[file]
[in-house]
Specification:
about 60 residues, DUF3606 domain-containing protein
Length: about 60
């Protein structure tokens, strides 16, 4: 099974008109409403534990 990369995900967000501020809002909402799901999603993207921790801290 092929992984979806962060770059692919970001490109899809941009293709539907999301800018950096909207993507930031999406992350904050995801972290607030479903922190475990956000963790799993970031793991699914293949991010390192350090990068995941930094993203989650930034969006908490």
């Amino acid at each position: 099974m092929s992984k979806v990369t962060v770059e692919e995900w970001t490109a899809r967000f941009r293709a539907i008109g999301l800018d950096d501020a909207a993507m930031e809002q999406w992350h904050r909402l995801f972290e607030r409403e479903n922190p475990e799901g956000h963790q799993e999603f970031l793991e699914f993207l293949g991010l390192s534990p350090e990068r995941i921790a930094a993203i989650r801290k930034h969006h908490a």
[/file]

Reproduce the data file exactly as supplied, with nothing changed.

[in-house]
Specification:
about 60 residues, DUF3606 domain-containing protein
Length: about 60
């Protein structure tokens, strides 16, 4: 099974008109409403534990 990369995900967000501020809002909402799901999603993207921790801290 092929992984979806962060770059692919970001490109899809941009293709539907999301800018950096909207993507930031999406992350904050995801972290607030479903922190475990956000963790799993970031793991699914293949991010390192350090990068995941930094993203989650930034969006908490």
């Amino acid at each position: 099974m092929s992984k979806v990369t962060v770059e692919e995900w970001t490109a899809r967000f941009r293709a539907i008109g999301l800018d950096d501020a909207a993507m930031e809002q999406w992350h904050r909402l995801f972290e607030r409403e479903n922190p475990e799901g956000h963790q799993e999603f970031l793991e699914f993207l293949g991010l390192s534990p350090e990068r995941i921790a930094a993203i989650r801290k930034h969006h908490a």